Initially, I kept having to check and re-check diagrams to make sure I was arranging my mini blocks properly. Thankfully, I had Unique Quilting Numbered Pins at my disposal so that I could lay out the arrangement once, number it, and then take the entire stack to the sewing machine (without re -re-re-checking!).

When in doubt, press it out!

Once assembled, some blocks were just a tiny bit off, but not quite enough to warrant a re-stitch. So I shimmied the stitches a bit by pinning them in place with Heirloom Glass Head Pins and blasting them with a super-hot iron and steam. Because the Oliso iron is a specialty sewist’s iron, the flat and minimally vented plate gives consistent coverage perfect for this kind of precision pressing.

If there were quilting police, I imagine that would have earned me a citation.

Decisions, decisions.

I thought a few decorative hand stitches would make a nice complement to this pattern, which was easier to do using a Unique Wooden Quilting Hoop. Since the smallest size starts at 10”, I had to add sashing along the outside to fit the mini quilt top inside. Another option would be to use an embroidery hoop instead.

Usually I avoid hand stitching at all costs but have always loved the look. Is there a machine that can do that for me? In the meantime, I did stitch a few accent stitches by hand and enjoyed the process much more than a thought. To this I credit Unique Sewing’s jujube-looking thimbles. Brightly coloured and comfy to wear; Because of their flexibility they double as needle grabbers, which simplifies stitching through multiple layers.

Gütermann Hand Quilting thread helps too! Its glacé finish prevents tangling and glides through multiple layers of fabric.

Now my tiny quilt top was done and ready to be transformed into a circular trivet and potholder. The TrueCut Circle Cutter is my go-to for quick and easy to cut circles, but in this case I used it to cut out a circle in the right dimensions from paper, traced it in chalk, and cut it out with very sharp KAI’s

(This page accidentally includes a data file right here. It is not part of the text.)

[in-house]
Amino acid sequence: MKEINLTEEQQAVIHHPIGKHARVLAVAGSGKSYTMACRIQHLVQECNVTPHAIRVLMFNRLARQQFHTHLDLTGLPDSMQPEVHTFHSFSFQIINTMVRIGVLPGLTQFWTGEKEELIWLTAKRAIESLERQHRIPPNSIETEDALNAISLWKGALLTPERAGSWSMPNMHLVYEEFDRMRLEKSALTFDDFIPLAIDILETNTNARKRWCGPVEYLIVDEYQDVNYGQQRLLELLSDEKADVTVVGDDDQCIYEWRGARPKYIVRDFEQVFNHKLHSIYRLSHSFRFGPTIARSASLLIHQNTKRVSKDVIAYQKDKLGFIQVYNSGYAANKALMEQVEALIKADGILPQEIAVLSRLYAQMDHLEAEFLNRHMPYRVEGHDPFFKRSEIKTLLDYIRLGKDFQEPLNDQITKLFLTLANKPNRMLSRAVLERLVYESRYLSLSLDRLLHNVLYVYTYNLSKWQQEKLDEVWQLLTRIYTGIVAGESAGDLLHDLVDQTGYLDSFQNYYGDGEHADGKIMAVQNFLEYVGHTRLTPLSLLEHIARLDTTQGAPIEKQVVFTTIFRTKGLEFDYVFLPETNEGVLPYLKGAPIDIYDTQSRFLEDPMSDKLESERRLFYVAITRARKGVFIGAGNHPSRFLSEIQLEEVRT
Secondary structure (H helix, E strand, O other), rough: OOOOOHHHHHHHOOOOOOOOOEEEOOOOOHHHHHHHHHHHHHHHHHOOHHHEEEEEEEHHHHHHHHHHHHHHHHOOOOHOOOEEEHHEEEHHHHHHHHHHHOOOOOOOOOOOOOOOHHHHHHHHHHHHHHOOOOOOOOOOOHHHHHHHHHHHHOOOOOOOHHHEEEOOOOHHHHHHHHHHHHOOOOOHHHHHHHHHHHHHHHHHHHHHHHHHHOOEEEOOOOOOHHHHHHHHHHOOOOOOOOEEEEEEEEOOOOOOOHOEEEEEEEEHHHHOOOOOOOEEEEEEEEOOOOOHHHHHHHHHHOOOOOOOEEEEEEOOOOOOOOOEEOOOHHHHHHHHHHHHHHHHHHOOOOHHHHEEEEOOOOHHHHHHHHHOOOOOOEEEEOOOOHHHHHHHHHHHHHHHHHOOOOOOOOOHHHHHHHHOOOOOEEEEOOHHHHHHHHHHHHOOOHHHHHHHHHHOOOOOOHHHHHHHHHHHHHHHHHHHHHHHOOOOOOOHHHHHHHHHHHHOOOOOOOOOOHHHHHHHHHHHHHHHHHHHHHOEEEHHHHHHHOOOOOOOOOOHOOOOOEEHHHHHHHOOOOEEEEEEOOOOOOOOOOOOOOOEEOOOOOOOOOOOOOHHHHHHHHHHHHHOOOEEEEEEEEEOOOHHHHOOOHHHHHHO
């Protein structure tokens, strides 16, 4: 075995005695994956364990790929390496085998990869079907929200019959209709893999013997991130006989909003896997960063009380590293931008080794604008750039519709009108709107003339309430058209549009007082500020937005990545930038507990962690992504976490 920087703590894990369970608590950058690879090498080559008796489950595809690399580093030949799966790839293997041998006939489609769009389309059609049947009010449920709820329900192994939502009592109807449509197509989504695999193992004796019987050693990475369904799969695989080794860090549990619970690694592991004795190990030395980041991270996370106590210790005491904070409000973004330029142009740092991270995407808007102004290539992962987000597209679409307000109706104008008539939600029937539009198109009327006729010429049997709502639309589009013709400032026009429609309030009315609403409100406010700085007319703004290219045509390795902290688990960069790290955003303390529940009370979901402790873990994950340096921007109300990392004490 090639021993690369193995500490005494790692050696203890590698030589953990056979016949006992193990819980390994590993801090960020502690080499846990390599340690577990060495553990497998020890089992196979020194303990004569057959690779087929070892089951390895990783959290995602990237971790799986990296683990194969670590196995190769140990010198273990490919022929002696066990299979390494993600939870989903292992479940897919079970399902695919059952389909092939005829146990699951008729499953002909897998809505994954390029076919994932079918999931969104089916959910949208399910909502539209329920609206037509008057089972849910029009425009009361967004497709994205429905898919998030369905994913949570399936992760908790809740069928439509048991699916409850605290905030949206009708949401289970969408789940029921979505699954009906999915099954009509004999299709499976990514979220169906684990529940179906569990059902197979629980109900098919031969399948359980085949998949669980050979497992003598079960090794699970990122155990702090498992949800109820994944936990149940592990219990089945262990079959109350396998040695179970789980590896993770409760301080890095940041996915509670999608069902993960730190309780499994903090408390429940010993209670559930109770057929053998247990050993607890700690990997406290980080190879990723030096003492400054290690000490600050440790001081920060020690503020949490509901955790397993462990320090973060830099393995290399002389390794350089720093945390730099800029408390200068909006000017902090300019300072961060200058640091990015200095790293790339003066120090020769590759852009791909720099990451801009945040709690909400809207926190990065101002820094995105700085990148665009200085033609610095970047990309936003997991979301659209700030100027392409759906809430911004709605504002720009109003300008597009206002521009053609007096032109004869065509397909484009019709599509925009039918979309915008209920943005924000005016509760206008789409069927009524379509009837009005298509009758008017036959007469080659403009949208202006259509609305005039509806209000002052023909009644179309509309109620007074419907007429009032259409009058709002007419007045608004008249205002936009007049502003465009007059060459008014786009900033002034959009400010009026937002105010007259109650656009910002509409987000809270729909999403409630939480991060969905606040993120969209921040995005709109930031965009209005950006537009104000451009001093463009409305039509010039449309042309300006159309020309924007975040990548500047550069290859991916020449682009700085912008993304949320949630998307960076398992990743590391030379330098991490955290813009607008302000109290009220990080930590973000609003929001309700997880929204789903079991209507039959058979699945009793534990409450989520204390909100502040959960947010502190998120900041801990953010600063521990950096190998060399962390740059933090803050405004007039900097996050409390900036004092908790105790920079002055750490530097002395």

Part Two: Convert mini quilt into a trivet and potholder

I went back to my scrap bin for the rest of the pot holder fabrics. I chose denim and navy because jeans go with everything! Also, they’re nice and sturdy for the kitchen.

Using the TrueCut Circle cutter, I cut:
                • Two 8 ½” circles from Main Fabric (denim)
                • Two 8 ½” circles from Lining Fabric (navy)
                • One 8” circle from Unique Quilting Therm Fleece

Next, I cut one main fabric circle and one lining circle in half and trimmed flat sides of each half circle by ¼ ”.

I went back and forth about whether the navy should be on the outside pocket or the inside of the pockets and ultimately think I landed on the wrong call. I would have preferred contrasting pockets than contrasting lining, but c’est la vie!

To make the pockets, I placed a pair of half circles (one lining and one main fabric) with right sides together, and sewed along flat side with ¼” seam allowance.

But first! Since I still had a dwindling stack of miniature blocks, I joined them to create a pieced fabric strip and clipped it around some extra piping that wouldn’t be long enough for a larger project.

I wanted to give the quilt top as much space as possible and avoid doing circular binding, so I place right sides together for stitching, and trimmed to reduce bulk before turning it right-side-out. For stitching, the order should be:

Denim Main Fabric (right-side-down)
Half Circle “Pockets” (main-side-down)
Mini Quilt Top (right-side-up)
Unique Quilting Therm Fleece (shiny side up)

I used the clips again to attach all of the layers and be sure the Therm Fleece stayed centered leaving a 3” gap.

Once turned right-side-out, I folded and press edges at gap, then hand stitch opening closed.

And done! I so enjoy making simple things that I get to use often.

What’s your go-to mini quilt project when you want to experiment with a new pattern? Let us know in the comments!

To purchase any of the products mentioned above, visit your local Canadian quilt retailer.
For more inspiration and product education, follow H.A. Kidd and Company Limited on Facebook.